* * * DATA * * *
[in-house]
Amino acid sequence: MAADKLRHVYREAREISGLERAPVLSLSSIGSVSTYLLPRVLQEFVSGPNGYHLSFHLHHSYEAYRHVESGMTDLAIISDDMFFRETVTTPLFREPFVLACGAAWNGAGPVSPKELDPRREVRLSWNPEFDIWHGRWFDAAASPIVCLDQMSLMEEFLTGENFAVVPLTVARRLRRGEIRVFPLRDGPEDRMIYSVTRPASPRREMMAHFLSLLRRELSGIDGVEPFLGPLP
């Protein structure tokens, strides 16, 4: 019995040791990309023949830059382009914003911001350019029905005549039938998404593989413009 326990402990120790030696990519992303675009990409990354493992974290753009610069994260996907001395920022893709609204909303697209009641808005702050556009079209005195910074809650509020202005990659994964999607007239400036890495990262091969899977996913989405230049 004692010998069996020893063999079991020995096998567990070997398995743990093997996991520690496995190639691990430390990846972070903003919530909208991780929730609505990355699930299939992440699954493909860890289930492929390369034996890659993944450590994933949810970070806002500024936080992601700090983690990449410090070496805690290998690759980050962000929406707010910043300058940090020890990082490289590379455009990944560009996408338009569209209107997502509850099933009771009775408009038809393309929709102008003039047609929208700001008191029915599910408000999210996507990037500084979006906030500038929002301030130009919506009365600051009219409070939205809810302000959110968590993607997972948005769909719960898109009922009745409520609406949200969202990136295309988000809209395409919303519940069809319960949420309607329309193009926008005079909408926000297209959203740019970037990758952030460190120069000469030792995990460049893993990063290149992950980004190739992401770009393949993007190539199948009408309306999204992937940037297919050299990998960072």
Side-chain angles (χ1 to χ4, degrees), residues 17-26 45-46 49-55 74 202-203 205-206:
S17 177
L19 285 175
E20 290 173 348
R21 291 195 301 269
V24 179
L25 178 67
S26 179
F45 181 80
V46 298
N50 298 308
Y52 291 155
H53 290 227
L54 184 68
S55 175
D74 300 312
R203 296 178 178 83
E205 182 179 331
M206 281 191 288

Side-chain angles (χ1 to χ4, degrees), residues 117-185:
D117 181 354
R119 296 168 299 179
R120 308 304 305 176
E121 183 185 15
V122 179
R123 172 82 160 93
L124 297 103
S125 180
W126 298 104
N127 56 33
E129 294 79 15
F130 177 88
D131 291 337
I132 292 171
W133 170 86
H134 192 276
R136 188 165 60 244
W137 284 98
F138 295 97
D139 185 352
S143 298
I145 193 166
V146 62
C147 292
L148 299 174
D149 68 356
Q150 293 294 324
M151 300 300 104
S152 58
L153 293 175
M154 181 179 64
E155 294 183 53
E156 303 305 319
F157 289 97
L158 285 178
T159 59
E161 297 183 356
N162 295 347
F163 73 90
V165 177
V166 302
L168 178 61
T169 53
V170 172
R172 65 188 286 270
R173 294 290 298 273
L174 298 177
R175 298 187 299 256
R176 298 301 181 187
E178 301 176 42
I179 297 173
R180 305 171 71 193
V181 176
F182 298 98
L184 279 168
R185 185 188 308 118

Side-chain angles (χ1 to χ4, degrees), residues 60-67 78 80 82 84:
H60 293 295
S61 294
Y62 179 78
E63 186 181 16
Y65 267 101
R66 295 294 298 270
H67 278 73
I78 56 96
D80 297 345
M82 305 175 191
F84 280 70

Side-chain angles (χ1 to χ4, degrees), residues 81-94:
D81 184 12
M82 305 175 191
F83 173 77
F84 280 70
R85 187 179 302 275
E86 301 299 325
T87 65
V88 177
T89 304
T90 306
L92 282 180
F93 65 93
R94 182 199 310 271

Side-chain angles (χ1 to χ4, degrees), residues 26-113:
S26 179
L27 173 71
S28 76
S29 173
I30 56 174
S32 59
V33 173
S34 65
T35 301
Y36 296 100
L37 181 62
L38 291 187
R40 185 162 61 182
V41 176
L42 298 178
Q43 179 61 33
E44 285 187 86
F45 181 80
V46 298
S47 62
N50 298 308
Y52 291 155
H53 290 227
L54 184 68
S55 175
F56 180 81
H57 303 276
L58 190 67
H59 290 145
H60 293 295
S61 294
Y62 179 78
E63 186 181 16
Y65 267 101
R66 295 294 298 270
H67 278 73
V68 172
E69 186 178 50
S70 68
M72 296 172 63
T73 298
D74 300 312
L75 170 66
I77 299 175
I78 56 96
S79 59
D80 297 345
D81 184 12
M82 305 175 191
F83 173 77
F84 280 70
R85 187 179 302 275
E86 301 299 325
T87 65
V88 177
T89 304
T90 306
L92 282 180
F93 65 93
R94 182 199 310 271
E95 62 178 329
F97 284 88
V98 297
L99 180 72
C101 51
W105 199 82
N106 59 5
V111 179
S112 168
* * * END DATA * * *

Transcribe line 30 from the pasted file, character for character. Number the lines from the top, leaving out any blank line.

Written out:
L124 297 103